Was anyone really surprised when Edward Snowden revealed that the U.S. National Security Agency collects massive amounts of customer data from cloud service providers and (gasp) disseminates it as they see fit through the U.S. federal government? I mean, isn’t this what they do for a living? For those of you not familiar with their business model, I suggest watching Matt Damon explain why he “shouldn’t work for the NSA” in his very first film Good Will Hunting. He nails it.
At any rate, perception is reality, and it must becoming harder and harder for U.S.-based public cloud companies to sell Canadian customers on the fact that “it doesn’t matter where their data is hosted.” Businesses, rightfully so, view their data as intellectual property, and how many Canadian CIOs are going to sign off on the potential fire sale of their company’s core asset? Hey, we were already a risk-adverse bunch before Snowden bought a one way ticket to Russia and every Canadian CEO started asking questions about cloud computing and where their company’s data is hosted. Ironically, the cloud conversation finally started at the top level of every Canadian company. And, this, thank you Edward, is a very good thing.
Cloud computing has been called lots of things, but “the second industrial revolution,” probably summarises its transformational capabilities the best. It dramatically improves and accelerates the way companies develop, monetize and commercialize innovation, engage with their customers, and differentiate against their competition. These are big, strategic, game-changing things but the NSA/PRISM scandal has forced Canadian companies to take a closer look at the potential risk of hosting their data with big U.S.-based cloud companies. You know, the ones with massively distributed, highly scalable and very inexpensive cloud offerings. I’ve heard many Canadian CIOs say “if only there was a Canadian solution similar to Amazon or Rackspace, we could remove the privacy barrier and risk and assertively begin our journey to the cloud”.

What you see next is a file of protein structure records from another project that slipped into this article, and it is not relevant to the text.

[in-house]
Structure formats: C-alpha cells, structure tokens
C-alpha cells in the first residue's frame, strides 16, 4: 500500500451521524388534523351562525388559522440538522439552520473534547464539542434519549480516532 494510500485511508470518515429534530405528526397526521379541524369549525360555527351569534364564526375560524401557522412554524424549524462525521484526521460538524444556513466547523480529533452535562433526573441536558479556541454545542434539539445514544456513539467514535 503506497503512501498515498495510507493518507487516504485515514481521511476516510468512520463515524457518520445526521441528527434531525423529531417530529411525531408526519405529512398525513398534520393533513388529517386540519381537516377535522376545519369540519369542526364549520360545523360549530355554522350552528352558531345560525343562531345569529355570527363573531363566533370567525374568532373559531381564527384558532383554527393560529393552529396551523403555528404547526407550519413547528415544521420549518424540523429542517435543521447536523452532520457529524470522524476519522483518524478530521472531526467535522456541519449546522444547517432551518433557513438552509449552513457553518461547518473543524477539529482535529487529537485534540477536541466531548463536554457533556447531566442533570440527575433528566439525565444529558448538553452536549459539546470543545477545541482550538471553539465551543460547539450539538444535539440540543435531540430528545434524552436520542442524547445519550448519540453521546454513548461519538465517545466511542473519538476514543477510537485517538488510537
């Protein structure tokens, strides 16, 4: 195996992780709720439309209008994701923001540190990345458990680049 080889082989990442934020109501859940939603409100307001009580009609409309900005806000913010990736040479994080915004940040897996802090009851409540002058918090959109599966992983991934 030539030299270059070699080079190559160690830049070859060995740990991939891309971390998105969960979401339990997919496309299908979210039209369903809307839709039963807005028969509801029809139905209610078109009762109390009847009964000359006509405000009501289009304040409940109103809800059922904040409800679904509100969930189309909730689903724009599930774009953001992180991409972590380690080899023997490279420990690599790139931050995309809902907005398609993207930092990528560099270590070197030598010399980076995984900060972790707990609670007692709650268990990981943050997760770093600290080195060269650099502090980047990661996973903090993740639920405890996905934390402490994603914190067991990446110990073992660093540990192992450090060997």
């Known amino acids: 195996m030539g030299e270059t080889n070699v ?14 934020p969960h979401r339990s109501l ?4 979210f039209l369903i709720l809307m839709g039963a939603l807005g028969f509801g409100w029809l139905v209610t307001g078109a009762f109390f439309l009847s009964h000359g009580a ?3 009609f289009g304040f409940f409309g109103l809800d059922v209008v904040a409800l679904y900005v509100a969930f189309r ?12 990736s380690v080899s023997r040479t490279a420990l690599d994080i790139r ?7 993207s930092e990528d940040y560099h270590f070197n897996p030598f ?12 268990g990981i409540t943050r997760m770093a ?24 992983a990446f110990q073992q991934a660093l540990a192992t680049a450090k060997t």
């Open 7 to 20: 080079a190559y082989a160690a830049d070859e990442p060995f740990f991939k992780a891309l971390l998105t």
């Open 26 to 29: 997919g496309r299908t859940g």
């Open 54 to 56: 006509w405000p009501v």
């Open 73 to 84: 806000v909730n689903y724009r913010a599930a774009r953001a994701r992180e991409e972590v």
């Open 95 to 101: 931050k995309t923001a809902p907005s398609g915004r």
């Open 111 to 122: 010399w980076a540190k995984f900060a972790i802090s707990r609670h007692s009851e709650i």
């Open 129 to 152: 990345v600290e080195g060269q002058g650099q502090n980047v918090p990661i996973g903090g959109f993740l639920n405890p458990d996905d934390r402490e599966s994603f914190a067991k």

In fact, there are a growing number of options available for Canadian enterprises interested in the cloud, including Allstream’s Hosted Collaboration Solution.
So, then, Edward Snowden may have shed light on a program that has been accused of possibly “killing the U.S. Internet Industry” (it won’t – the CIA contract Amazon just won was a big one), but I suggest we leverage Edward’s clean conscience as an opportunity to finally start building a viable Canadian cloud ecosystem. One that can compete with the Amazons of the world, not just because it is built across Canadian data centers, but one that can compete globally on its own uniqueness and merit. Wait a minute, are those drones circling above my head?
Learn more about a cloud-based offering that could redefine the way your company communicates. Introducing Allstream Hosted Collaboration Solution.
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